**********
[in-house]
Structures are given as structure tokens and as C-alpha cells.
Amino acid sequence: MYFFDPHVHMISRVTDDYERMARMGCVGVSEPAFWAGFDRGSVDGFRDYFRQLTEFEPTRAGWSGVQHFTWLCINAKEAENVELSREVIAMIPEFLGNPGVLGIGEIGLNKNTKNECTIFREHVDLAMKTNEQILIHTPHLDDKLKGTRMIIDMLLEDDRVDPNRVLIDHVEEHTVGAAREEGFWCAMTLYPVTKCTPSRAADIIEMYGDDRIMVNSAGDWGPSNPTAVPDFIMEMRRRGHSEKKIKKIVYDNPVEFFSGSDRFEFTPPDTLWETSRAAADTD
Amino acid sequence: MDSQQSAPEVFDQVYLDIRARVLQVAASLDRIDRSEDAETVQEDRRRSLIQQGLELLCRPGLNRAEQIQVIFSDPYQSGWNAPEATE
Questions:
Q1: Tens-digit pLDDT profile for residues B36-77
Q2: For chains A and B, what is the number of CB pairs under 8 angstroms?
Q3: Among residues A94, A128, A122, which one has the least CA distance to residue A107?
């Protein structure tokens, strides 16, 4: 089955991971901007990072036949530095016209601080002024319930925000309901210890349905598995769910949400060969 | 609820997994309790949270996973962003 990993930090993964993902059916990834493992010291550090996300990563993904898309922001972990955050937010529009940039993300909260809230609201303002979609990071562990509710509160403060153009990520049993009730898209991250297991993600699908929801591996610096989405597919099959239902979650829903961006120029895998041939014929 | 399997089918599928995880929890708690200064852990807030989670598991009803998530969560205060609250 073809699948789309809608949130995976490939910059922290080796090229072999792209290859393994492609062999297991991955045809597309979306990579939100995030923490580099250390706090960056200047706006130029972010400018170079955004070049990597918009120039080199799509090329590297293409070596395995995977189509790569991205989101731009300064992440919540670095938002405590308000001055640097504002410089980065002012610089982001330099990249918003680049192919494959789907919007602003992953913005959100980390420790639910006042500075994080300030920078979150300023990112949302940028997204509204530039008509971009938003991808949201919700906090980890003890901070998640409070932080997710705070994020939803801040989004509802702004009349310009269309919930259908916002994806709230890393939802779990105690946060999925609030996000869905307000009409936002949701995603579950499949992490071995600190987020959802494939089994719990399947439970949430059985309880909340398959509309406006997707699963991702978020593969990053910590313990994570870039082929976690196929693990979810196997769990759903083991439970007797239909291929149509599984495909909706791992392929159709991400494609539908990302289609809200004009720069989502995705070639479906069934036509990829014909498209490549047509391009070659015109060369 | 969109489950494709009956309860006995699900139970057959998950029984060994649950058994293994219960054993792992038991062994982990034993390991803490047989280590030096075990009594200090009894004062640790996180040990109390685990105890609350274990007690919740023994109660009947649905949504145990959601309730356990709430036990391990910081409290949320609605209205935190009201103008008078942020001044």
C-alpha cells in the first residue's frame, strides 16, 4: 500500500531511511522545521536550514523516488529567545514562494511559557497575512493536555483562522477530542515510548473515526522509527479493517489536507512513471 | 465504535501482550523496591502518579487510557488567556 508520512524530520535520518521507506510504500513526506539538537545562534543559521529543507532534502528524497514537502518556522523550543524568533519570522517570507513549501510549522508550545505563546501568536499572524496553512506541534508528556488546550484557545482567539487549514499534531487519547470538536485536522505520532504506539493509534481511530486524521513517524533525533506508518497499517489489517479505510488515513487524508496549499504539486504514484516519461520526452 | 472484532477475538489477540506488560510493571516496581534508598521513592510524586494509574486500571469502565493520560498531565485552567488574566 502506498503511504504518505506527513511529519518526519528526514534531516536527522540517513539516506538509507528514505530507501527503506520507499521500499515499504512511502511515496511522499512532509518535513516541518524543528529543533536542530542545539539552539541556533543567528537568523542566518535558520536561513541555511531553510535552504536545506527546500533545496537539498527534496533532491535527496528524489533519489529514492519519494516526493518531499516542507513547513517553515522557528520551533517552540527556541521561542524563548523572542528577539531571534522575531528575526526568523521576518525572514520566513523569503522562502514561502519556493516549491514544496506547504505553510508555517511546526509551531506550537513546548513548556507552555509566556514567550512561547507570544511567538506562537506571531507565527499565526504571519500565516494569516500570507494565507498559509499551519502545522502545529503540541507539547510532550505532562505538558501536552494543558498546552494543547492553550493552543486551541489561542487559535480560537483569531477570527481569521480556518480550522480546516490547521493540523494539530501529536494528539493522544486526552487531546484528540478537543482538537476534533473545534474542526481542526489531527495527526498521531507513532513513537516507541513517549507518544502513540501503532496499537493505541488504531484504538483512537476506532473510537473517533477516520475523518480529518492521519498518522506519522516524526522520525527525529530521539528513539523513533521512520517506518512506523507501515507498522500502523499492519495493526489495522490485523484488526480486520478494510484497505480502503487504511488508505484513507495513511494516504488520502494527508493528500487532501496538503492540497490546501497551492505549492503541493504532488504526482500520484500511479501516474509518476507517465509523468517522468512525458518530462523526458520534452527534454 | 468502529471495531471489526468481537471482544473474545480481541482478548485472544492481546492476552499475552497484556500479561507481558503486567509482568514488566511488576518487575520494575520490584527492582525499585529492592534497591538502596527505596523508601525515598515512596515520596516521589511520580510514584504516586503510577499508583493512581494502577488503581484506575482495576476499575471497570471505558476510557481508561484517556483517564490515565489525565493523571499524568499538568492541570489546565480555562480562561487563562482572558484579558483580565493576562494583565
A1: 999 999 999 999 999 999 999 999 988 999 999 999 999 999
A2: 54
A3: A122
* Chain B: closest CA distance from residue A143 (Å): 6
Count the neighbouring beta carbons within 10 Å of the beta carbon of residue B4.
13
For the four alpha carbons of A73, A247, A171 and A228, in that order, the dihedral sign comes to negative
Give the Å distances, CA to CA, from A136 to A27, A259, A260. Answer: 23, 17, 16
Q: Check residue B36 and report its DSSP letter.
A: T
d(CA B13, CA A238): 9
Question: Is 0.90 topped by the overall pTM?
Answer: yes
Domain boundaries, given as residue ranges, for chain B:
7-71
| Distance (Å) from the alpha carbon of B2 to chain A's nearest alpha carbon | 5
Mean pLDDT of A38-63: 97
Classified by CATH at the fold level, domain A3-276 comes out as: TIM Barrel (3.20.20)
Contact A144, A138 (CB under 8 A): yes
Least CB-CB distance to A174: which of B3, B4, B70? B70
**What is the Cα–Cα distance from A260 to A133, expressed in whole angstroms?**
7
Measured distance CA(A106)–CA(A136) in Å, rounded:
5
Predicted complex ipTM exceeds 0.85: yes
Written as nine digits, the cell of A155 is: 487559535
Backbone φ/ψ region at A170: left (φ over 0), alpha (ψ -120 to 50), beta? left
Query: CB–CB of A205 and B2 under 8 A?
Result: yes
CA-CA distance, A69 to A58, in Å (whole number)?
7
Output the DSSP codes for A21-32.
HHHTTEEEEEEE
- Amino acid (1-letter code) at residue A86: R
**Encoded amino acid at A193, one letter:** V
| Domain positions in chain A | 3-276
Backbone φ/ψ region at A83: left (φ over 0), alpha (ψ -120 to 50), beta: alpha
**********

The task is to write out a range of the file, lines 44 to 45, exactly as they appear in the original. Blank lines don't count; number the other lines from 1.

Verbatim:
- Amino acid (1-letter code) at residue A86: R
**Encoded amino acid at A193, one letter:** V